Adam Smith Jr. settled near the Licking and Muskingum county border in Ohio in the year 1811 where he erected a saw mill, grist mill, tavern, and store. Family lore has it that Adam called his new community Smithfield, though today it is called Gratiot, Ohio. It was indeed a good location for the inevitable explosions of migrating families which would flow west on this road.
The favorable climate and the geography of the Ohio region was ideal for early Americans to settle. There were mountainous sections and level plateaus; broad valleys and extensive plains; rich forests and open prairies, with their own peculiar products of animal, vegetable, and mineral wealth. However, in the late 1700's the only way into this territory was to skirt around the Great Lakes or travel along the winding Ohio River until reaching one of the tributaries like the Muskingum, Scioto, or Miami rivers.
In 1797 Ebenezer Zane opened "Zane's Trace" which traveled westward through present day Fairfield County. Funding for the National Road was arranged in 1802, and Jefferson signed legislation in 1806 to officially establish a national highway to run from Cumberland to the Mississippi, with the stipulation that the road had to run through each state's capital.
Ohio became a state in 1803 and my fourth great-grandfather, Adam Smith Jr., traveled from the Shenandoah Valley in Virginia over parts of this road in 1811. In 1838 Adam petitioned Congress to be compensated for the rock which he had provided for what was called then the Cumberland Road. The first session of the 23rd Congress took up the matter and it was confirmed that, indeed, Mr. Smith had delivered both prepared stone and unbroken stone. By this time the road had reached Indiana. The road was often referred as the Pike by settlers in Perry County, Ohio.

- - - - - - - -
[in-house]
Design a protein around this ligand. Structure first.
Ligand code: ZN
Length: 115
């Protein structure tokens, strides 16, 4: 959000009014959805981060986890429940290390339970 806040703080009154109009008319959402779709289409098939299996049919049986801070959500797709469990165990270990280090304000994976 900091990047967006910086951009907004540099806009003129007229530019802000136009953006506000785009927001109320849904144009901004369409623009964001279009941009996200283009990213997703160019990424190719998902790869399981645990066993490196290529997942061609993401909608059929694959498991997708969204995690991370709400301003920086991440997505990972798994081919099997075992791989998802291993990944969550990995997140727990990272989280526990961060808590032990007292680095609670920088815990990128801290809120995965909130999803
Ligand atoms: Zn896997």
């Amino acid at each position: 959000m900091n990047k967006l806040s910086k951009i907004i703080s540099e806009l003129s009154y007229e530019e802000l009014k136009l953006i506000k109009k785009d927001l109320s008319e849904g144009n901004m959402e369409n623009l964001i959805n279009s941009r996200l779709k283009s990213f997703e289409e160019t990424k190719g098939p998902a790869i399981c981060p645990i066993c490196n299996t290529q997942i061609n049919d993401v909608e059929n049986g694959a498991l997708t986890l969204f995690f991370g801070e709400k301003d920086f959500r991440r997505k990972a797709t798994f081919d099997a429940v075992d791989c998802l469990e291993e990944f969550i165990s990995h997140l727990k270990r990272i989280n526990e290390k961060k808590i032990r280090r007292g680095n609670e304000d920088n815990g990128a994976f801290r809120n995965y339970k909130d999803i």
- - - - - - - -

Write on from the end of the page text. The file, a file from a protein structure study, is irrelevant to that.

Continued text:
Genealogists can appreciate the date coincidence in many family migrations with the building of roads, railways, and canals. Suddenly we find entire families moving by leaps and bounds across America, instead of a few counties. One of the earliest questions about the National Road was, "Who used it?" The simple reply is, "Darned near everyone!"
In the early 1900s efforts were made to promote the National Road to an ocean to ocean highway which would stretch from New York City to Los Angeles. Today, as in many locations, the old U.S. Highway 40 was bypassed in lieu of other freeways. My grandfather's town is now off the main drag as Interstate 70 runs around the outskirts of Gratiot, Ohio, and only echos of the past reverberate where my relatives use to live.